Responsibilities and Liabilities with Respect to Catastrophes

Responsibilities and Liabilities with Respect to Catastrophes

C. Warren Axelrod (U.S. Trust, USA)
Copyright: © 2012 |Pages: 21
DOI: 10.4018/978-1-61350-323-2.ch608
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Abstract

This chapter examines the impact of catastrophes on information security and suggests who might have responsibility for maintaining an appropriate level of data protection when a catastrophe occurs. The author asserts that catastrophe contingency planning is very different from regular forms of business continuity and disaster recovery planning in terms of size, focus, scope, and content. Catastrophe contingency plans (CCPs) must comprehend a broad range of potential events affecting large numbers of humans and other living creatures, information processing capabilities, information and media, buildings, and infrastructure, and the like, each with its security considerations, and each characterized by its own roles, responsibilities and liabilities. The intent of the chapter is encourage the development of more comprehensive and realistic CCPs, that is, plans that delineate roles and responsibilities clearly and liabilities should CCPs go awry.
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“… Brownie, you’re doing a heck of a job.”

– President George W. Bush to Federal Emergency Management Agency (FEMA) director Michael D. Brown in Mobile, Alabama, White House Press Release, September 2, 2005

“On September 12 [2005] Brown resigned …”

See letter at http://www.cnn.com/2005/US/11/03/brown.fema.emails

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Background

In the wake of Katrina, a Category 5 hurricane that passed east of New Orleans on August 29, 2005, the levees were breached and New Orleans was flooded. There was plenty of blame to go around for the lack of preparation to prevent the breach and for the inadequacy of the rescue and recovery efforts. Local, state and national politicians and other government representatives were roundly criticized for their lack of planning and foresight and their failure to act appropriately and timely in the face of a mounting disaster and evolving catastrophe. On the one hand, the designers and builders of the levees were attacked for their having under-designed these protective structures. On the other hand, those responsible for responding to the event were first praised and subsequently pilloried for the inadequacy of their performance and the great suffering and destruction of property and lives that ensued.

Could this catastrophe have been averted? Or, if the risk of occurrence was considered too low to spend the extra funds on stronger and better designed levees, could the response and recovery process have been better organized and better planned?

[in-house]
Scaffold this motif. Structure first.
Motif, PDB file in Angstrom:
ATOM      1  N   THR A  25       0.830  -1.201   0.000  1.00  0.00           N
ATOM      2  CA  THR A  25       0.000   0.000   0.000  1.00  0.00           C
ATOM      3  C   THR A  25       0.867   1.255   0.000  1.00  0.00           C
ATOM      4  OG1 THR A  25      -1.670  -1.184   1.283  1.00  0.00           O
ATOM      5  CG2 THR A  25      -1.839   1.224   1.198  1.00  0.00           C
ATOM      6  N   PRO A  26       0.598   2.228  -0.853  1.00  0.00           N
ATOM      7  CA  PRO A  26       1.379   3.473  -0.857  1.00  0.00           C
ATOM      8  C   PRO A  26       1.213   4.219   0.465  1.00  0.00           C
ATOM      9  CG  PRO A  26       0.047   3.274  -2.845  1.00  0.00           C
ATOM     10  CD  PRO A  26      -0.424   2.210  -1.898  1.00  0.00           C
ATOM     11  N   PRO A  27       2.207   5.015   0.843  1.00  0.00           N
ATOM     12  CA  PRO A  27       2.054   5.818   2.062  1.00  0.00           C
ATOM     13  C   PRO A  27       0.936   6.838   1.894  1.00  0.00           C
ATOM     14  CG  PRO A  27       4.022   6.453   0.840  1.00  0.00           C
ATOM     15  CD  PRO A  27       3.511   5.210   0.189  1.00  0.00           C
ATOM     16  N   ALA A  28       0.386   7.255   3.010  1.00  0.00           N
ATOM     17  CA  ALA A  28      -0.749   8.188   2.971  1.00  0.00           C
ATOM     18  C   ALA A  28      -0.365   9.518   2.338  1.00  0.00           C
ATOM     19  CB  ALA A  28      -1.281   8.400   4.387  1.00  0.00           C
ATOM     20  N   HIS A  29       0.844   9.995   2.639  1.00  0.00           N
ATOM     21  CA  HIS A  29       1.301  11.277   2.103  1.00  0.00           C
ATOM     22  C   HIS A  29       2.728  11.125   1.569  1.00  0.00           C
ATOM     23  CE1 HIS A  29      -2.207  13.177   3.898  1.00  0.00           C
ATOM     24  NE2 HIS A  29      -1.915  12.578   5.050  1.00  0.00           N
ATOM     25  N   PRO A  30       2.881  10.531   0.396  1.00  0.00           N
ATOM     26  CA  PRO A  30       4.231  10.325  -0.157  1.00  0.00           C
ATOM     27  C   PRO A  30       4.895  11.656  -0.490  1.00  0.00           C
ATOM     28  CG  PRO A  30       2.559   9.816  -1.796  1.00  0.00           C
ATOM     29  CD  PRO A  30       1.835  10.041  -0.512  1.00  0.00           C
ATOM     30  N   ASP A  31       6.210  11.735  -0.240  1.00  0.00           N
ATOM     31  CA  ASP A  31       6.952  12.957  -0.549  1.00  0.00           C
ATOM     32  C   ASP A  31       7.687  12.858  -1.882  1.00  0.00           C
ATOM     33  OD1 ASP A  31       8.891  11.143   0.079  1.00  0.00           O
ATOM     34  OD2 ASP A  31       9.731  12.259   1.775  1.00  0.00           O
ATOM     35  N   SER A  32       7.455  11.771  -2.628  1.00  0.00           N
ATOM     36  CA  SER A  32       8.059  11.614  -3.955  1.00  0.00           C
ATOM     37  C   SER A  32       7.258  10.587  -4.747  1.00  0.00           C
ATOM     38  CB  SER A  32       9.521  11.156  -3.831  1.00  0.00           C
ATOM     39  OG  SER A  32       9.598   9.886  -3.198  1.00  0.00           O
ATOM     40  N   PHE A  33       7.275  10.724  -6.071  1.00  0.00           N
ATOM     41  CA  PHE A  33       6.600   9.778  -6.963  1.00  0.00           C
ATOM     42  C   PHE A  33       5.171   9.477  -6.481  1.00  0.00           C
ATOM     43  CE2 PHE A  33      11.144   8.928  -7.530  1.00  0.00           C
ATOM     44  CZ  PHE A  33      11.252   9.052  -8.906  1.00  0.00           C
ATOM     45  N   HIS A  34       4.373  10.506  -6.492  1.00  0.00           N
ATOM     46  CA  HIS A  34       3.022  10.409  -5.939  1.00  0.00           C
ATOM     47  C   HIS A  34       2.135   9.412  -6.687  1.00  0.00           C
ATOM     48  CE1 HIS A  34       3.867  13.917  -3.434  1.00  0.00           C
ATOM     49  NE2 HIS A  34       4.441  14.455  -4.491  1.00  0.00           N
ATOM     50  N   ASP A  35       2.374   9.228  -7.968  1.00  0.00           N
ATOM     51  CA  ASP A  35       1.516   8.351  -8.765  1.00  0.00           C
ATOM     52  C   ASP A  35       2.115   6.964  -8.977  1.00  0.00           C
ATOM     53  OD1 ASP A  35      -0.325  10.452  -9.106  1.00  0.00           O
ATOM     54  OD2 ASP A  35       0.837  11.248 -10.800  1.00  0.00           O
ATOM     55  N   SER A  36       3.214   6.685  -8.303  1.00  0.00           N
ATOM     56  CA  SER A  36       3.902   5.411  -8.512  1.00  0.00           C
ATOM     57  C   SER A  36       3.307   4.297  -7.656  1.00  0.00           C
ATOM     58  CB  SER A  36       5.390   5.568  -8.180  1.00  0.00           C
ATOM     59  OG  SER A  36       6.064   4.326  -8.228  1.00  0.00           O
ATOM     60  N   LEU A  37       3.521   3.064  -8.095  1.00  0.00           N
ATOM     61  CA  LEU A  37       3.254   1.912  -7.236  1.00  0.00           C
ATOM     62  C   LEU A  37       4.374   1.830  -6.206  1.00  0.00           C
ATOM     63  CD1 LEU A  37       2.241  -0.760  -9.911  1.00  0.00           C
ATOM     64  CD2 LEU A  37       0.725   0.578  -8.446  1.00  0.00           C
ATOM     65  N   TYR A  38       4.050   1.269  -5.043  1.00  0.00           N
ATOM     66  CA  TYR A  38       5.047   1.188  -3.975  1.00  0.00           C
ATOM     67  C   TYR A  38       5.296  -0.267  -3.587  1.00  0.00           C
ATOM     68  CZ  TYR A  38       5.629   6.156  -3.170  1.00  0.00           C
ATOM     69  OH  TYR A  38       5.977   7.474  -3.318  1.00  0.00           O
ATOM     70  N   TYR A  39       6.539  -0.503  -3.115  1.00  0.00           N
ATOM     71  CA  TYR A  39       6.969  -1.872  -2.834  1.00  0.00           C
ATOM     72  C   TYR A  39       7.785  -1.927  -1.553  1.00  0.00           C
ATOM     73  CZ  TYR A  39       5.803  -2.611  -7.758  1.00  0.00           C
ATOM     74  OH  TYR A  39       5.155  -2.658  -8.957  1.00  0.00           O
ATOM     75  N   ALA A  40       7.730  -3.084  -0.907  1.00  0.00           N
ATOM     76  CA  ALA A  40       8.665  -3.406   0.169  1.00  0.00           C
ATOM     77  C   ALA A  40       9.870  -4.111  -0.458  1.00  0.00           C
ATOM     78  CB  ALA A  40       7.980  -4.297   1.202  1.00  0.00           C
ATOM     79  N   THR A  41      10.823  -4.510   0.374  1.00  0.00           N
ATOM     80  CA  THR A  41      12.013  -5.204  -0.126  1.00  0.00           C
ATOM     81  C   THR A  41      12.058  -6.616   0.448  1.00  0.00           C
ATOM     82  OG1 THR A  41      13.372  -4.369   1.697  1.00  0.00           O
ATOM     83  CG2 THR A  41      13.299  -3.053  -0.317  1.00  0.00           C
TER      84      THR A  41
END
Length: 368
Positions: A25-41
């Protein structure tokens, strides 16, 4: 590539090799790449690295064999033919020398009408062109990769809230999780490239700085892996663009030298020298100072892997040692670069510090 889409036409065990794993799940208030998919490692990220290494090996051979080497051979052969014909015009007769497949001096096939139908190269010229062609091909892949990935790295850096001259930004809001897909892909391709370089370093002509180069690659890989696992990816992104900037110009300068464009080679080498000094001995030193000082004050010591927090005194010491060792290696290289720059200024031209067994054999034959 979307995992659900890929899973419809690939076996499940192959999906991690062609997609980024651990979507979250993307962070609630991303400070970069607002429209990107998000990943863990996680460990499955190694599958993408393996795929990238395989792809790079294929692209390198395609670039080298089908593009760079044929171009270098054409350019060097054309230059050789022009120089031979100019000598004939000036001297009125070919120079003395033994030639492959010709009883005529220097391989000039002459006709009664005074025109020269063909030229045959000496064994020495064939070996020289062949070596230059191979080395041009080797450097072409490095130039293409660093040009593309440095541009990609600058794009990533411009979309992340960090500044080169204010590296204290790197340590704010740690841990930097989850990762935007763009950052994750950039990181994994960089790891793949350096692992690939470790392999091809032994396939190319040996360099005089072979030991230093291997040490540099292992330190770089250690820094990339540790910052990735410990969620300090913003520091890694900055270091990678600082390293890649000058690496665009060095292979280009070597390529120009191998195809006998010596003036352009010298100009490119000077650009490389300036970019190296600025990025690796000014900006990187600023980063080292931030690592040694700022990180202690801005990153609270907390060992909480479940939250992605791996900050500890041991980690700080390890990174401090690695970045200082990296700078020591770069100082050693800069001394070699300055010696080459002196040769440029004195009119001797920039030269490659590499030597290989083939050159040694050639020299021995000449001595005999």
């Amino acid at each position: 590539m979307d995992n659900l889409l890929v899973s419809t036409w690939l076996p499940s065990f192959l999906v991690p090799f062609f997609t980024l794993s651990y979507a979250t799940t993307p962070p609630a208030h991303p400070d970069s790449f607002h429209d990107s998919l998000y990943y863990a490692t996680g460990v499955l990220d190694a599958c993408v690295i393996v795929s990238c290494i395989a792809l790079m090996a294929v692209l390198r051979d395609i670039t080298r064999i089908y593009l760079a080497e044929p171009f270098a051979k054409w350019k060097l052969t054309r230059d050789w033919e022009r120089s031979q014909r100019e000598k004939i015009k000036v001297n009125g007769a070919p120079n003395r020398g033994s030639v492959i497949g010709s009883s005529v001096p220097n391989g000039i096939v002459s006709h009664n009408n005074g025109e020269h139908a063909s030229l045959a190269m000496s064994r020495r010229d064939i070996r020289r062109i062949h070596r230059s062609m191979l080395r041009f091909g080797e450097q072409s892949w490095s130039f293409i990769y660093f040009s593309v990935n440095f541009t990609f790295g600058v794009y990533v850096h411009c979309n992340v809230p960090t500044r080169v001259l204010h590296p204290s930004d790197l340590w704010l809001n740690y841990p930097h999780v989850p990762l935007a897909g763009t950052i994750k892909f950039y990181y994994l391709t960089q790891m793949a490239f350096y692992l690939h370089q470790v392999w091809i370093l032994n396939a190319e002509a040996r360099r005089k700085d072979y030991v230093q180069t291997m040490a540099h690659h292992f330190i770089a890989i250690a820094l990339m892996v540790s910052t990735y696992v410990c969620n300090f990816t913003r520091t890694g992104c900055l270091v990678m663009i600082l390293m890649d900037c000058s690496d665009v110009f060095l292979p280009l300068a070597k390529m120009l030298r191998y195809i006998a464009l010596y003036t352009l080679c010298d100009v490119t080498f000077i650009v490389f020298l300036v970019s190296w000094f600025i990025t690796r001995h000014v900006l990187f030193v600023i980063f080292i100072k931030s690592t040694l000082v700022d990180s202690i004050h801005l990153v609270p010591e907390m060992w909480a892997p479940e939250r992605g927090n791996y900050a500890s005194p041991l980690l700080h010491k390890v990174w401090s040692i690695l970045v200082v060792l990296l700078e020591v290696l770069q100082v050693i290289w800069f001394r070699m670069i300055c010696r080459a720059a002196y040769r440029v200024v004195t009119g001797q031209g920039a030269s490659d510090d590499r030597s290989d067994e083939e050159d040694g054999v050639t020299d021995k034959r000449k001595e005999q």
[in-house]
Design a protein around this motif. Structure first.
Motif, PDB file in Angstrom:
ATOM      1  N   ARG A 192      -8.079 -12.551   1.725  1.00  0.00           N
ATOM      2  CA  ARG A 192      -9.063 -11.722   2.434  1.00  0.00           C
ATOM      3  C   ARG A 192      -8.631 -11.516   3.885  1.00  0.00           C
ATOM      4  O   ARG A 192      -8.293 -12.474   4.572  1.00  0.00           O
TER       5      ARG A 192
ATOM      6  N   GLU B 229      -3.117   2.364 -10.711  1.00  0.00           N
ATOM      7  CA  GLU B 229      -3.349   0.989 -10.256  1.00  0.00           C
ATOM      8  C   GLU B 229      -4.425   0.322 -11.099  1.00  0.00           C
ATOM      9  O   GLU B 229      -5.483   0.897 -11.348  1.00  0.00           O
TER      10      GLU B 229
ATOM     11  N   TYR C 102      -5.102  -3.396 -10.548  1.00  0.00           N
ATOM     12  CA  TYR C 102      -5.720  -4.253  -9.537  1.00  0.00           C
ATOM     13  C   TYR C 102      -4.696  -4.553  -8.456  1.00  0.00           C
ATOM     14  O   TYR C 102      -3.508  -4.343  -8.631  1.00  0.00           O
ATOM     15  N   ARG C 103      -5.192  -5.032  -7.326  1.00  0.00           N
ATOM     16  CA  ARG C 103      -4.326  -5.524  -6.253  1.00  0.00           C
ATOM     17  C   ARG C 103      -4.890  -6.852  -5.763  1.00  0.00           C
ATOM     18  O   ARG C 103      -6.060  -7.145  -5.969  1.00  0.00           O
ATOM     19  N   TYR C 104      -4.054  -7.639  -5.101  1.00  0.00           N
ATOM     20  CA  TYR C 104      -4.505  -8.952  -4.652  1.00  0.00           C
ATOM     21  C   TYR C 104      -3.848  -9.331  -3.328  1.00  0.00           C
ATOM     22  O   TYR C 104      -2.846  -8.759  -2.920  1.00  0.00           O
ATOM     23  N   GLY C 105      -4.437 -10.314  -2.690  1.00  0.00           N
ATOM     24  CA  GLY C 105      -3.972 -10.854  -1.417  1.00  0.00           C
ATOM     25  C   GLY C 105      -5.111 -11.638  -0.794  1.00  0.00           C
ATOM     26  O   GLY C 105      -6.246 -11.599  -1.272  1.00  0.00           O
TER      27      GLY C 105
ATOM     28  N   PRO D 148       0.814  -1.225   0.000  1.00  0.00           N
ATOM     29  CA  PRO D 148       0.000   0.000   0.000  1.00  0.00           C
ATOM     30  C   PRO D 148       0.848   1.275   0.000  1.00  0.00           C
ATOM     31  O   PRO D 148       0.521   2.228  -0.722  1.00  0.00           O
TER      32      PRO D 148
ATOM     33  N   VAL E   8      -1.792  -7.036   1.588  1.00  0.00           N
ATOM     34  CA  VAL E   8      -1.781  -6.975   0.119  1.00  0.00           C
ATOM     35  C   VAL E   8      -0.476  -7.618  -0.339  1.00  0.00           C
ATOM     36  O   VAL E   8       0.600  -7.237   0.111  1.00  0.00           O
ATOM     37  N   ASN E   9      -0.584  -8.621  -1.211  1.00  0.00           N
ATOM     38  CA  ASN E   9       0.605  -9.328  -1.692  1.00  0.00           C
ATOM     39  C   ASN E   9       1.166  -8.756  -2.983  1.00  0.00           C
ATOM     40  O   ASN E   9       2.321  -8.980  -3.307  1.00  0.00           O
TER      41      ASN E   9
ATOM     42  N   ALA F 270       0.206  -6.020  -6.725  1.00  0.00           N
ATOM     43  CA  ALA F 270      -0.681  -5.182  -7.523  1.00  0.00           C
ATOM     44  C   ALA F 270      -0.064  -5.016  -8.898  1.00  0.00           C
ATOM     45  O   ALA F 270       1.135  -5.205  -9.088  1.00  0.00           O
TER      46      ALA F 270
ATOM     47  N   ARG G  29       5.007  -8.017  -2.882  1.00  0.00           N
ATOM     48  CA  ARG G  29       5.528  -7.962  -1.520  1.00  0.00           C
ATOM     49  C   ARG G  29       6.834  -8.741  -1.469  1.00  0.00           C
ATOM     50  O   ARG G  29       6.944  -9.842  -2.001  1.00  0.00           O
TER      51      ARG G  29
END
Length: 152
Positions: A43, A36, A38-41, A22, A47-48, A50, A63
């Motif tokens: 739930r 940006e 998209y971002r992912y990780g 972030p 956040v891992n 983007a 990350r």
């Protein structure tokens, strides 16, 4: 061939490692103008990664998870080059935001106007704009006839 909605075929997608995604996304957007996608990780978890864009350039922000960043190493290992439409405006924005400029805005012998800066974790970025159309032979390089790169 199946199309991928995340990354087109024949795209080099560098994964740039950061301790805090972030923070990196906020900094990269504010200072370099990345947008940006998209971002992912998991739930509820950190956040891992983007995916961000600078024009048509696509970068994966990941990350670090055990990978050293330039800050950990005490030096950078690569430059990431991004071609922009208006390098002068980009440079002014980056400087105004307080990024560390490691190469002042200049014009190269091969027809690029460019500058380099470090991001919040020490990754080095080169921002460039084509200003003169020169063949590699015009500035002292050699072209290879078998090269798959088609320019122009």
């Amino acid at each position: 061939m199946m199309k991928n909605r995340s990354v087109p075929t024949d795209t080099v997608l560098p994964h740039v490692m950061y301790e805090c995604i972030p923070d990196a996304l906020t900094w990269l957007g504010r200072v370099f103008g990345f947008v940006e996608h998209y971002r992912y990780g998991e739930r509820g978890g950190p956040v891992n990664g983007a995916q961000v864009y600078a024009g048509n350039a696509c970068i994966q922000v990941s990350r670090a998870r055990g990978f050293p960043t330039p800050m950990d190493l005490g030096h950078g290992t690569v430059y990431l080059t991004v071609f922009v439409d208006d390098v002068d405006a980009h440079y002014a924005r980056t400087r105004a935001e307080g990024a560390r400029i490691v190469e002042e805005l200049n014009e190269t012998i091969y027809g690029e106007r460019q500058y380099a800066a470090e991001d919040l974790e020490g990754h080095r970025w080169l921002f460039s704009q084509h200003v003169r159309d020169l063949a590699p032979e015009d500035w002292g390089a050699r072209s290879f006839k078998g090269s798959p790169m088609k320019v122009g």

Complete protection against such disasters is prohibitively expensive and usually cannot be justified based on the risks. But some level of planning and preparation is expected from our officials and emergency services. Someone has to take on the responsibility for developing and implementing such contingency plans. And, yes, some should be take the blame if the plans go awry and if it is apparent that the damage could have been averted.

Often it takes a tragedy to have better preventive and responsive measures put in place. The magnitude of the Indonesian tsunami of December 2004, with deaths estimated more than 200,0001, was unprecedented in modern times and unforeseen. Before the event, monitoring devices were not considered necessary. After it happened, as is generally the case, perception of the likelihood of such a devastating event changed quickly, with pressure to build early warning systems in the Indian Ocean as exists in other oceans susceptible to earthquakes. Also, we are now seeing much greater responsiveness, in terms of warning coastal dwellers of a possible tsunami.

It is virtually impossible to predict major devastating events, natural or human-induced, in regard to scope, timing or both, as is very well argued in the book The Black Swan (Taleb, 2007). Therefore, it behooves those in power to plan for catastrophes as a whole. They must take responsibility for those plans, and step up to being strongly criticized and severely disciplined if their planning and responses are clearly inadequate and should have been more effective given the state of knowledge and capability prior to the event.

When the avian influenza (or bird flu) pandemic was originally confirmed to have infected human beings in 1997 (CDC, 2007), there were grave concerns that the outbreak would evolve into a human pandemic. Subsequently, there have been some efforts to plan for such a rampant spread of disease in humans, but there remain many who cannot or will not fathom the scope of the required Catastrophe Contingency Plan (CCP). A catastrophe, of the likes of a flu pandemic, would be unprecedented in modern times. The anticipated birdflu outbreak has been compared to the global flu pandemic of 1918. However, the world was not nearly as complex, intertwined and global 90 years ago, nor did it have today’s multitude of interacting processes.

Today, with such reliance on nations’ critical infrastructures and interdependencies within, between and across sectors, both domestically and internationally, the potential impact of a catastrophe, such as a pandemic, is huge.

There are many who view CCPs as merely simple extensions of regular business continuity and disaster recovery plans. However, as you will see from reading this chapter, CCPs not only include considerations that are very different from regular disaster plans, but they also involve more sophisticated and complex tools and methods. These methods go well beyond those prescribed for regular emergency preparedness and continuity planning.

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